Green factor explains disappearance of big-ticket promises in BC budget: James

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James outlined B.C.'s continued strong economic performance, much of it driven by booming construction and taxes from increasing employment in urban areas.

- Reduction in small business corporate income tax rate to two per cent, from 2.5 per cent.

"We believe those at the top can pay a little bit more to be able to contribute to the services and programs that need to be provided for all British Columbians and that benefit all British Columbians", she said.

For Kyllo, a major concern is the NDP's decision to scrap the requirement that the carbon tax to be revenue-neutral. The first increase takes effect April 1, 2018 and the tax will rise to $50 a tonne by 2021.

"The NDP is looking at all of the carbon tax to apply funding to their pet projects", he said.

Public accounts figures released in late August indicate the province finished off the past fiscal year with a $2.7-billion surplus.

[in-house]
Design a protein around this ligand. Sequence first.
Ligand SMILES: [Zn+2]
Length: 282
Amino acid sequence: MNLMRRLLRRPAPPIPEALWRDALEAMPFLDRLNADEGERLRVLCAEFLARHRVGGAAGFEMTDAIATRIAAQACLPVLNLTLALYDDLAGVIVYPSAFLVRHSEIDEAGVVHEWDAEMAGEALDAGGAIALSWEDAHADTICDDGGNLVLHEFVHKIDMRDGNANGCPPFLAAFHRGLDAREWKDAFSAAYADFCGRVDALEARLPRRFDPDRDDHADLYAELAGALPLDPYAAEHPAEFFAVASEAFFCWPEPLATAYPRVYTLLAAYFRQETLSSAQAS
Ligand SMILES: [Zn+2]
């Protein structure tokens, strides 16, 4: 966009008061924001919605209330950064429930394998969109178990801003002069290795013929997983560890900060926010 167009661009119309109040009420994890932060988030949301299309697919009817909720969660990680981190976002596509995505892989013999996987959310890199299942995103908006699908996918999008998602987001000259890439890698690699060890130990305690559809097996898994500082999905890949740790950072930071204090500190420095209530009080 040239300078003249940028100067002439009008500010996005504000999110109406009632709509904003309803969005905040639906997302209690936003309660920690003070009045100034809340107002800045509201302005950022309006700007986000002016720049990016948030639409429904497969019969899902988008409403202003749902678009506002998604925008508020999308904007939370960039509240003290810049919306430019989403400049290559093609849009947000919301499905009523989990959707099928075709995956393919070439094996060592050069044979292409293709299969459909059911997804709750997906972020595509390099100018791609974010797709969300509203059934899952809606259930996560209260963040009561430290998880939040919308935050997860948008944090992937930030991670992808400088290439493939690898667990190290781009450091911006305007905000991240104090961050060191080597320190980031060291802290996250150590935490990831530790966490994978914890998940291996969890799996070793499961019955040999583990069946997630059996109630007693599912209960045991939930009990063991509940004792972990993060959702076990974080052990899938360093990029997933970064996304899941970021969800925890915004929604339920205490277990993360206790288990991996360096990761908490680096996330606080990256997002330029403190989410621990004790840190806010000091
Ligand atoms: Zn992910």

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The budget commits to spending $208 million over four years to build about 1,700 units of affordable rental housing.

Housing affordability ranked among the highlights of the NDP's new budget, with several items the government says will help make life more affordable.

Green Leader Andrew Weaver says he was thrilled the government's election promises of $10-a-day daycare and a $400 annual renter rebate were not detailed in the NDP's first budget.

James also acknowledged that the NDP's promise of a $400-a-year rebate for renters is also still in development, despite a promise to implement it immediately.

Today's budget update will mark the first time Horgan's government has put forward a financial plan, and James has downplayed the announcement, saying September is when most governments begin work on full budgets that are presented in February. Provincial sales tax on electricity purchases will also be eliminated.

- Personal income tax rate of 16.8 per cent on taxable income over $150,000, up from 14.7 per cent.

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